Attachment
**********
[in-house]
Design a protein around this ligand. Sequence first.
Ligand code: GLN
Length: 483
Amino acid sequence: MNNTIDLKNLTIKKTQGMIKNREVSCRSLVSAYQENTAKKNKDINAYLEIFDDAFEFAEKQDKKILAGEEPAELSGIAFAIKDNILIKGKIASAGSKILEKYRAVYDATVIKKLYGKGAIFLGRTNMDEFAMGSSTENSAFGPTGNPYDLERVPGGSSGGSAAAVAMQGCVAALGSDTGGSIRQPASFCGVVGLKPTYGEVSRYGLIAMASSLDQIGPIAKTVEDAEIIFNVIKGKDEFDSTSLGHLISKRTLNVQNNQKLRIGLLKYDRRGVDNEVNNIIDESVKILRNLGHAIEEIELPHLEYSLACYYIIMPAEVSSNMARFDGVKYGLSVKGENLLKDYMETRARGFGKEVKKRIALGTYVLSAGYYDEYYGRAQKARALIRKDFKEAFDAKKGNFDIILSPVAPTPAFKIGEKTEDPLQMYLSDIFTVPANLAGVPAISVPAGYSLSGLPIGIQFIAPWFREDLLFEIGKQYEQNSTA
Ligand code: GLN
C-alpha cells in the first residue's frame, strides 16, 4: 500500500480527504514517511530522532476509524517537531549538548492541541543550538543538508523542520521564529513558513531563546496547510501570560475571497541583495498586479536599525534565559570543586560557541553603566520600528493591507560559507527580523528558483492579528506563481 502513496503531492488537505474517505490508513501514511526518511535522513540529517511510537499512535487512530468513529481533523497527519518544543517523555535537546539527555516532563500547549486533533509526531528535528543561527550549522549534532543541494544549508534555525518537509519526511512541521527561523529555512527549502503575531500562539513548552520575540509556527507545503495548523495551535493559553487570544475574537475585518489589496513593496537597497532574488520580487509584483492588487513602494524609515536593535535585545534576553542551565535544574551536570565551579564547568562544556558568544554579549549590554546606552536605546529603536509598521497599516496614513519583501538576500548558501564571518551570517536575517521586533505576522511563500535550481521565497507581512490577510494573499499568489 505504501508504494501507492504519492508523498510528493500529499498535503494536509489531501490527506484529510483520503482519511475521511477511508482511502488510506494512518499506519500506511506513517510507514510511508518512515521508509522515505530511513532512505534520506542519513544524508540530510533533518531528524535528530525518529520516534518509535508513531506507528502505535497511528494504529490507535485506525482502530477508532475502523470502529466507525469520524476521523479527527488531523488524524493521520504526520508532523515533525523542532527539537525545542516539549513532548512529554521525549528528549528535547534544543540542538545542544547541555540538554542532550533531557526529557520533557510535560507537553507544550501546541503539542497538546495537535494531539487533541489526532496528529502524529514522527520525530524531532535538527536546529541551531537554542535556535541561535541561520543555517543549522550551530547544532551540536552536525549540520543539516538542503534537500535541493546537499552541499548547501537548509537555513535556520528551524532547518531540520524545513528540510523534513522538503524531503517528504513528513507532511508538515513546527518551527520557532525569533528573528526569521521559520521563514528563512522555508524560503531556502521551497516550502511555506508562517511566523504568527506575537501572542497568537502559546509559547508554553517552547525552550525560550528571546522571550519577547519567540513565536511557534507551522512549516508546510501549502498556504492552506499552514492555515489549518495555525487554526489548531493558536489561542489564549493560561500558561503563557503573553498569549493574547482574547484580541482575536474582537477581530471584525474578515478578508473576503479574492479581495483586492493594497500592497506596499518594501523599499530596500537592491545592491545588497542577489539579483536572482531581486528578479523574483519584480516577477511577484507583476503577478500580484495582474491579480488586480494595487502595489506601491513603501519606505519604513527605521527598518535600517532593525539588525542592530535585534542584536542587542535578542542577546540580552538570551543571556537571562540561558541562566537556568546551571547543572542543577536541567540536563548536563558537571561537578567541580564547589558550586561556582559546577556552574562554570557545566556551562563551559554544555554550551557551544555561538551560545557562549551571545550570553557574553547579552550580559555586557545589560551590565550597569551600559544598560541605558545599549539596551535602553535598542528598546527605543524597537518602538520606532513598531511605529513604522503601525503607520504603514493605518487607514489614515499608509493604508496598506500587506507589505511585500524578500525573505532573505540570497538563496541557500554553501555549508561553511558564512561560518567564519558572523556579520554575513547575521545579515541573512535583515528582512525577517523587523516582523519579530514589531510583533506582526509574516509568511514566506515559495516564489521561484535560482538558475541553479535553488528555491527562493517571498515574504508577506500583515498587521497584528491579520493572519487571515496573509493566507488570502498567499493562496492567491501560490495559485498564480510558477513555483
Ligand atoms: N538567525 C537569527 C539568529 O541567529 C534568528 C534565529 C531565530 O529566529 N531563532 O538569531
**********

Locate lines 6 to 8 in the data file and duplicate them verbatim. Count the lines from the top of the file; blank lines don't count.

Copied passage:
Ligand code: GLN
C-alpha cells in the first residue's frame, strides 16, 4: 500500500480527504514517511530522532476509524517537531549538548492541541543550538543538508523542520521564529513558513531563546496547510501570560475571497541583495498586479536599525534565559570543586560557541553603566520600528493591507560559507527580523528558483492579528506563481 502513496503531492488537505474517505490508513501514511526518511535522513540529517511510537499512535487512530468513529481533523497527519518544543517523555535537546539527555516532563500547549486533533509526531528535528543561527550549522549534532543541494544549508534555525518537509519526511512541521527561523529555512527549502503575531500562539513548552520575540509556527507545503495548523495551535493559553487570544475574537475585518489589496513593496537597497532574488520580487509584483492588487513602494524609515536593535535585545534576553542551565535544574551536570565551579564547568562544556558568544554579549549590554546606552536605546529603536509598521497599516496614513519583501538576500548558501564571518551570517536575517521586533505576522511563500535550481521565497507581512490577510494573499499568489 505504501508504494501507492504519492508523498510528493500529499498535503494536509489531501490527506484529510483520503482519511475521511477511508482511502488510506494512518499506519500506511506513517510507514510511508518512515521508509522515505530511513532512505534520506542519513544524508540530510533533518531528524535528530525518529520516534518509535508513531506507528502505535497511528494504529490507535485506525482502530477508532475502523470502529466507525469520524476521523479527527488531523488524524493521520504526520508532523515533525523542532527539537525545542516539549513532548512529554521525549528528549528535547534544543540542538545542544547541555540538554542532550533531557526529557520533557510535560507537553507544550501546541503539542497538546495537535494531539487533541489526532496528529502524529514522527520525530524531532535538527536546529541551531537554542535556535541561535541561520543555517543549522550551530547544532551540536552536525549540520543539516538542503534537500535541493546537499552541499548547501537548509537555513535556520528551524532547518531540520524545513528540510523534513522538503524531503517528504513528513507532511508538515513546527518551527520557532525569533528573528526569521521559520521563514528563512522555508524560503531556502521551497516550502511555506508562517511566523504568527506575537501572542497568537502559546509559547508554553517552547525552550525560550528571546522571550519577547519567540513565536511557534507551522512549516508546510501549502498556504492552506499552514492555515489549518495555525487554526489548531493558536489561542489564549493560561500558561503563557503573553498569549493574547482574547484580541482575536474582537477581530471584525474578515478578508473576503479574492479581495483586492493594497500592497506596499518594501523599499530596500537592491545592491545588497542577489539579483536572482531581486528578479523574483519584480516577477511577484507583476503577478500580484495582474491579480488586480494595487502595489506601491513603501519606505519604513527605521527598518535600517532593525539588525542592530535585534542584536542587542535578542542577546540580552538570551543571556537571562540561558541562566537556568546551571547543572542543577536541567540536563548536563558537571561537578567541580564547589558550586561556582559546577556552574562554570557545566556551562563551559554544555554550551557551544555561538551560545557562549551571545550570553557574553547579552550580559555586557545589560551590565550597569551600559544598560541605558545599549539596551535602553535598542528598546527605543524597537518602538520606532513598531511605529513604522503601525503607520504603514493605518487607514489614515499608509493604508496598506500587506507589505511585500524578500525573505532573505540570497538563496541557500554553501555549508561553511558564512561560518567564519558572523556579520554575513547575521545579515541573512535583515528582512525577517523587523516582523519579530514589531510583533506582526509574516509568511514566506515559495516564489521561484535560482538558475541553479535553488528555491527562493517571498515574504508577506500583515498587521497584528491579520493572519487571515496573509493566507488570502498567499493562496492567491501560490495559485498564480510558477513555483
Ligand atoms: N538567525 C537569527 C539568529 O541567529 C534568528 C534565529 C531565530 O529566529 N531563532 O538569531